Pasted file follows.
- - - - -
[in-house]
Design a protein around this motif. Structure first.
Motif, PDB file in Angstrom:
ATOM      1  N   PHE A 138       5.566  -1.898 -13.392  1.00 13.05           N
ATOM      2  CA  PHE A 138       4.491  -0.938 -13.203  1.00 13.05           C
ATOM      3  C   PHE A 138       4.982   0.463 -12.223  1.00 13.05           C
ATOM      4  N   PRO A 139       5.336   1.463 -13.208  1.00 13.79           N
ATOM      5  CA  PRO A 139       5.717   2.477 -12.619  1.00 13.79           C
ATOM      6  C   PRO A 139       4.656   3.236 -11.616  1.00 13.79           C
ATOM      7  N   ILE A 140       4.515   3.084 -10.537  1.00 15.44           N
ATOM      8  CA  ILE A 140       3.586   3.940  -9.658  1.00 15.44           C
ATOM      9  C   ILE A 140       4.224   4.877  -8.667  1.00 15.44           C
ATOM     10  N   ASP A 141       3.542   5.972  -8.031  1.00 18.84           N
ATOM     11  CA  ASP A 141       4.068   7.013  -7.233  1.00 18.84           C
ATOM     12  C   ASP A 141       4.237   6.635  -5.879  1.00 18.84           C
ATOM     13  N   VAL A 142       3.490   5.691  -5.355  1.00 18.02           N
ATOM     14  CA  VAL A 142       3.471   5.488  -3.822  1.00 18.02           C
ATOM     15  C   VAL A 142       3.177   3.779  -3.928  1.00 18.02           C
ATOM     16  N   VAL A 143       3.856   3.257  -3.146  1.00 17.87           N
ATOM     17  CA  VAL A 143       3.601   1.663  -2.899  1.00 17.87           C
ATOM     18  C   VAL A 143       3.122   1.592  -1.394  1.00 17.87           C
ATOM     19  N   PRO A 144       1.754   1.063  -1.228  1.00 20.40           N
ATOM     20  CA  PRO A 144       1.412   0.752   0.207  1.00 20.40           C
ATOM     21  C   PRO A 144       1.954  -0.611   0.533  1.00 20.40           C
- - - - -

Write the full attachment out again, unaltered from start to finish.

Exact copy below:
[in-house]
Design a protein around this motif. Structure first.
Motif, PDB file in Angstrom:
ATOM      1  N   PHE A 138       5.566  -1.898 -13.392  1.00 13.05           N
ATOM      2  CA  PHE A 138       4.491  -0.938 -13.203  1.00 13.05           C
ATOM      3  C   PHE A 138       4.982   0.463 -12.223  1.00 13.05           C
ATOM      4  N   PRO A 139       5.336   1.463 -13.208  1.00 13.79           N
ATOM      5  CA  PRO A 139       5.717   2.477 -12.619  1.00 13.79           C
ATOM      6  C   PRO A 139       4.656   3.236 -11.616  1.00 13.79           C
ATOM      7  N   ILE A 140       4.515   3.084 -10.537  1.00 15.44           N
ATOM      8  CA  ILE A 140       3.586   3.940  -9.658  1.00 15.44           C
ATOM      9  C   ILE A 140       4.224   4.877  -8.667  1.00 15.44           C
ATOM     10  N   ASP A 141       3.542   5.972  -8.031  1.00 18.84           N
ATOM     11  CA  ASP A 141       4.068   7.013  -7.233  1.00 18.84           C
ATOM     12  C   ASP A 141       4.237   6.635  -5.879  1.00 18.84           C
ATOM     13  N   VAL A 142       3.490   5.691  -5.355  1.00 18.02           N
ATOM     14  CA  VAL A 142       3.471   5.488  -3.822  1.00 18.02           C
ATOM     15  C   VAL A 142       3.177   3.779  -3.928  1.00 18.02           C
ATOM     16  N   VAL A 143       3.856   3.257  -3.146  1.00 17.87           N
ATOM     17  CA  VAL A 143       3.601   1.663  -2.899  1.00 17.87           C
ATOM     18  C   VAL A 143       3.122   1.592  -1.394  1.00 17.87           C
ATOM     19  N   PRO A 144       1.754   1.063  -1.228  1.00 20.40           N
ATOM     20  CA  PRO A 144       1.412   0.752   0.207  1.00 20.40           C
ATOM     21  C   PRO A 144       1.954  -0.611   0.533  1.00 20.40           C